Be kind. Be supportive.

Do you ever feel like you’ll never be able to catch up? Like, you’re in that dream where you can’t possibly run faster, but you can’t run fast enough?

I think we all experience that sort of thing from time to time. Some people live for that kind of existence… if they’re not struggling to keep up, they think there must be something wrong. Others get overstressed the minute they schedule one meeting to start exactly when the previous meeting is set to end.

Gee… we all react differently to stress. Not exactly a scoop of a story, from my point of view. How we react to stress tells us exactly nothing.

Honestly, we do all react differently to stress, including the fact that some of us don’t even recognize it as stress at all. I think just like diabetes, we all react to stress differently, and we all manage it differently.

And that’s okay. If we had one exact strategy for dealing with the stressors in our lives, you know we’d all be working on it. But most people handle stress with a mixture of dread and resolve, and sometimes it works, and sometimes it doesn’t. There’s no use complaining about the things that get us worked up.

But… and this is a big But… sometimes the stress is too much. Sometimes we can’t just work our way through it. If that’s the case, we need help and we should be okay with seeking it.

Likewise, when someone else is having a tough time of it, instead of just complaining more, instead of judging someone experiencing difficulty dealing with their stress, we should be actively supporting that someone. Helping them feel not alone, maybe reminding them that you’ve been there too, and giving them the space they need to feel like they’re not being manipulated by life like they’re a little marionette.

In the end, it’s not a perfect appointment book or a perfectly clean home or anything else that makes us feel good as much as people do. Let’s remember to be kind this holiday season, but also be supportive. You and your friends and loved ones are well worth the effort.

Advertisements

8 Things: Holiday gifts for everyone living with diabetes.

Hey, how are you? I hope you’re in the middle of a rather stupendous holiday season.

I hope that gifts are in order this year. Whether you celebrate Christmas, Hannukah, or another holiday, giving and getting are AWESOME. So let’s look at 8 holiday gifts all People With Diabetes could really use this year:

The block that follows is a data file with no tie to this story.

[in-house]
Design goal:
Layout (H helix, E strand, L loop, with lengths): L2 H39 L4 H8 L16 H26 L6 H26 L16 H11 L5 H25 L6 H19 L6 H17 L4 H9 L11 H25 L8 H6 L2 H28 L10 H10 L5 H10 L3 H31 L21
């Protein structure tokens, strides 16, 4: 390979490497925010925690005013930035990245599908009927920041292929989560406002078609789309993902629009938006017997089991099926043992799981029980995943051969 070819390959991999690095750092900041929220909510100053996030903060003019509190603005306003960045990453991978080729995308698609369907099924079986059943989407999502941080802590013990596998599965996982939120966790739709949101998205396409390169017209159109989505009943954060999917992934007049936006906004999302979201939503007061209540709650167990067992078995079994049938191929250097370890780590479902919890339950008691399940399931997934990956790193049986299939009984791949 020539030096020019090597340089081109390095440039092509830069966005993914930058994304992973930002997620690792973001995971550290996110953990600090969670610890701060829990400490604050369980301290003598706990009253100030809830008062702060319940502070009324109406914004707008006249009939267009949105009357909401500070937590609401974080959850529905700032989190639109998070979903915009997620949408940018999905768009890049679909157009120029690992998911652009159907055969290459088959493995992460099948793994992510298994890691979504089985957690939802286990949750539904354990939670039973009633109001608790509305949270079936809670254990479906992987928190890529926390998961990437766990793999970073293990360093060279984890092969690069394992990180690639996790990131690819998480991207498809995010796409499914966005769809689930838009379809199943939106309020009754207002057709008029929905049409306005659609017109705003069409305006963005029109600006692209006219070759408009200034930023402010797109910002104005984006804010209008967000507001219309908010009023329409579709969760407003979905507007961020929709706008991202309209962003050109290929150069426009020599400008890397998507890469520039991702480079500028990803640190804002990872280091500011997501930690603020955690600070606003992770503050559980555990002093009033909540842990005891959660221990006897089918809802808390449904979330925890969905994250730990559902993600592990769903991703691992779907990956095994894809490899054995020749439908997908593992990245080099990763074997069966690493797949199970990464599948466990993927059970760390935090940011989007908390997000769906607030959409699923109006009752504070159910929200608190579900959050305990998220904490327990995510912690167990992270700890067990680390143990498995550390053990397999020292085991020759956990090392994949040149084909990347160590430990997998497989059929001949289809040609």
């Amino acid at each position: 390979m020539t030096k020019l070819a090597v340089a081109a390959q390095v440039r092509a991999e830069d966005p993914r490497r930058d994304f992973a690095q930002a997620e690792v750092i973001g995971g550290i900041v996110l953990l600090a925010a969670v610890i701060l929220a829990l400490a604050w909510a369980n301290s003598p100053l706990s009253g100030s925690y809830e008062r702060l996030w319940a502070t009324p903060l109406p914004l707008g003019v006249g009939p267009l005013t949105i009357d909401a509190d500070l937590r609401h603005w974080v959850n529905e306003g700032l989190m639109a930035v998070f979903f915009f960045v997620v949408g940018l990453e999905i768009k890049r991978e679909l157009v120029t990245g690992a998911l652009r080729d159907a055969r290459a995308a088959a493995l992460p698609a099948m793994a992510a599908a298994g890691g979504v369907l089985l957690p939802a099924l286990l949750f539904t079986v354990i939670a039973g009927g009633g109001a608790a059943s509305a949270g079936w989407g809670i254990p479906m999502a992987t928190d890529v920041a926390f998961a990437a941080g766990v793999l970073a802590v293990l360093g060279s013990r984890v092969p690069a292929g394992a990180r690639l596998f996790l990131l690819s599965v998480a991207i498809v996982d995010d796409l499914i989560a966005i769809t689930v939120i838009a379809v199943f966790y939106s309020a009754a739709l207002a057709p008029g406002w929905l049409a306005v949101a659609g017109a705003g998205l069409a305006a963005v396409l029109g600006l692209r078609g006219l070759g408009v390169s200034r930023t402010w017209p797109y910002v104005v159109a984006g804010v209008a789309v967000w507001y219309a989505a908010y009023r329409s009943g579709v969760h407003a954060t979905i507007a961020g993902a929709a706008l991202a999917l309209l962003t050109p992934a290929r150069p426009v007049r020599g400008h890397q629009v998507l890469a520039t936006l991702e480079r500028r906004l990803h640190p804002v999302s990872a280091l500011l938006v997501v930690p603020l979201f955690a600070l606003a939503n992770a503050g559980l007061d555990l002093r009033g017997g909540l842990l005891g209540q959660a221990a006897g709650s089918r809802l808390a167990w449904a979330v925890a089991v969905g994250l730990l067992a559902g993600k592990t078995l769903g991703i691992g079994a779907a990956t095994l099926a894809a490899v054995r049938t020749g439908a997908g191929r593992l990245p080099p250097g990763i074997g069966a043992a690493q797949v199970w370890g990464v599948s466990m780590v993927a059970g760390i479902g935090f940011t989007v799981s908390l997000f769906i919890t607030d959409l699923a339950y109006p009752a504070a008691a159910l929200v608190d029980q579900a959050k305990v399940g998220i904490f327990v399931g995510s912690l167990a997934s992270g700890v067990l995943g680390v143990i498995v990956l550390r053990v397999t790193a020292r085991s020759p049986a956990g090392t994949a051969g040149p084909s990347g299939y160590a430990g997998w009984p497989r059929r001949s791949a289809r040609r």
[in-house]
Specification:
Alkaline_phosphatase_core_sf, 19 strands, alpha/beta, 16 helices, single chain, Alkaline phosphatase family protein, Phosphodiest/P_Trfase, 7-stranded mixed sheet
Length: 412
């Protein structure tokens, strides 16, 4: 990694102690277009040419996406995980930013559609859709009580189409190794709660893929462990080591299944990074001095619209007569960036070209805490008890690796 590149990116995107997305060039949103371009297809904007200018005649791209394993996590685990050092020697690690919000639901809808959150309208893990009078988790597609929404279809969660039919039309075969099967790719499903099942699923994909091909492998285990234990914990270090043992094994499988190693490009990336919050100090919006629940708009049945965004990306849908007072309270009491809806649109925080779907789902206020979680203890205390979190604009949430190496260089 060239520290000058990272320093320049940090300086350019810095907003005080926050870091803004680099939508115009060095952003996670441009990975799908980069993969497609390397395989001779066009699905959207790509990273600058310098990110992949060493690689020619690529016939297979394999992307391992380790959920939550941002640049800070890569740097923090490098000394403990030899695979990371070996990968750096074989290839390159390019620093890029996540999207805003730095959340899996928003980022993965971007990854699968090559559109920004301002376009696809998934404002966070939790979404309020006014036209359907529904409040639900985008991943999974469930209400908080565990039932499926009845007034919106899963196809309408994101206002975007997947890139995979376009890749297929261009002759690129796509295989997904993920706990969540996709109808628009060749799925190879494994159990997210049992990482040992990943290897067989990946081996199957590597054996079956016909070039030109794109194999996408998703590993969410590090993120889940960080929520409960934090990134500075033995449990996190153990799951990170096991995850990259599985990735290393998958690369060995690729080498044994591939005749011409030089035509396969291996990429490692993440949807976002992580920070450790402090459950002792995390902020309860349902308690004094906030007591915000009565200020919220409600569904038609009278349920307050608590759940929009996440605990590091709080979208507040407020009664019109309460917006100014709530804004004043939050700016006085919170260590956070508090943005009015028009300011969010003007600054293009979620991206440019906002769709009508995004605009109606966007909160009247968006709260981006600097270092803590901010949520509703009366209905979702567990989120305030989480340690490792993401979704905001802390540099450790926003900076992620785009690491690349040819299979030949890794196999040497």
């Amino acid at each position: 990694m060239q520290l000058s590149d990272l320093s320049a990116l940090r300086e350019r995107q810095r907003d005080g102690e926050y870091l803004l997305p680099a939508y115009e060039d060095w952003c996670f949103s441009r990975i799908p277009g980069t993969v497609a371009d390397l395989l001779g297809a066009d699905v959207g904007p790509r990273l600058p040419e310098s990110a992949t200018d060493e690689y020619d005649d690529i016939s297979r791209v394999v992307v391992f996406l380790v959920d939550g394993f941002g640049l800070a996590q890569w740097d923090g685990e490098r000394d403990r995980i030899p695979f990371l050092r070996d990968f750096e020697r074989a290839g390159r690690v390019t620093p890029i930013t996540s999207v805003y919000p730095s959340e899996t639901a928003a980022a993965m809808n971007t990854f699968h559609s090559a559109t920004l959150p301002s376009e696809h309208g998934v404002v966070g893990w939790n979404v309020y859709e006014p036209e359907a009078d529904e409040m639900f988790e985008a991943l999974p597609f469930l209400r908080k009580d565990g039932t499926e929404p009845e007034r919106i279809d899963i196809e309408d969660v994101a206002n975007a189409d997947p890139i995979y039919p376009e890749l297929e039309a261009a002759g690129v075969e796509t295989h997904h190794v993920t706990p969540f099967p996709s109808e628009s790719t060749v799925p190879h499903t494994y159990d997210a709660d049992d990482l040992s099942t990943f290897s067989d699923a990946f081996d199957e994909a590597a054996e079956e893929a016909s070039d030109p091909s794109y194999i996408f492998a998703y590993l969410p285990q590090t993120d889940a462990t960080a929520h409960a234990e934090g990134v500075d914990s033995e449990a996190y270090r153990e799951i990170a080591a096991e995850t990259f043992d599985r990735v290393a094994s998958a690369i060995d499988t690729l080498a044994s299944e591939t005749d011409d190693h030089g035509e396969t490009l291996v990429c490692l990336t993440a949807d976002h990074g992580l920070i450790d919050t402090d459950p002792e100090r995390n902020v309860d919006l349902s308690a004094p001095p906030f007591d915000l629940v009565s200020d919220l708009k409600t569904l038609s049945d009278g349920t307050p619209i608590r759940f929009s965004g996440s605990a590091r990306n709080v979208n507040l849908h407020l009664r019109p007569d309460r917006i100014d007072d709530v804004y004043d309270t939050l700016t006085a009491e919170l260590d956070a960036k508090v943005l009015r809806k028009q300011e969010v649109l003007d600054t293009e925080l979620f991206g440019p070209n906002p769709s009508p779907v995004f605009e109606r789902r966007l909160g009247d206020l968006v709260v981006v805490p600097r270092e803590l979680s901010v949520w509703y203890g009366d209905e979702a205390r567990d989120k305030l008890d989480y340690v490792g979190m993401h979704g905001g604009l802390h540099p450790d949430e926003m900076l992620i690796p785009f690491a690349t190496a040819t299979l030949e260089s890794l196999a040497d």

1. More support. There are new diabetes diagnoses every day. There are new people waking up, like I did six years ago, realizing their diabetes doesn’t exist in a vacuum.

I hope those people find the hope and support that I found when I found this community. And I hope they pay it forward when they do.

2. Laughter. I can’t tell you how long it’s been since I really laughed hard. I’m ready for something really funny to just knock me out of my chair.

Likewise, I think it would be really great if I could make someone else laugh too. I just hope it’s not because I did something really embarrassing at the same time.

3. Retail Competition for Closed Loop Systems. Honestly, the #WeAreNotWaiting movement, and all of the do-it-yourself systems it has spawned, has taken a bit of the wind out of the sails out of the commercial artificial pancreas designers out there.

Eventually, we know these systems (the iLet, Cell Novo, etc.) will be approved, but whenever we start to see rollout of non-DIY closed loop, I hope it’s not just one at a time. Good, reliable technology is what we need, and we need more than one option to choose from.

4. More knowledge sharing. Here at Happy Medium, I try to do my best to keep you as up-to-date as I can on the latest diabetes happenings, especially when it comes to news out of Washington, D.C., and items I gather from attendance at various conferences, research summits, and symposia.

I would like to see more of that from everyone in our community, or at least a sharing of resources for learning about new developments in diabetes. Not just, “Here’s the group I spoke in front of today”– which is still good, and should be shared– but also an occasional post that says, “I read this interesting thing today”, or “This event is happening in your area”. I don’t see much of that anymore.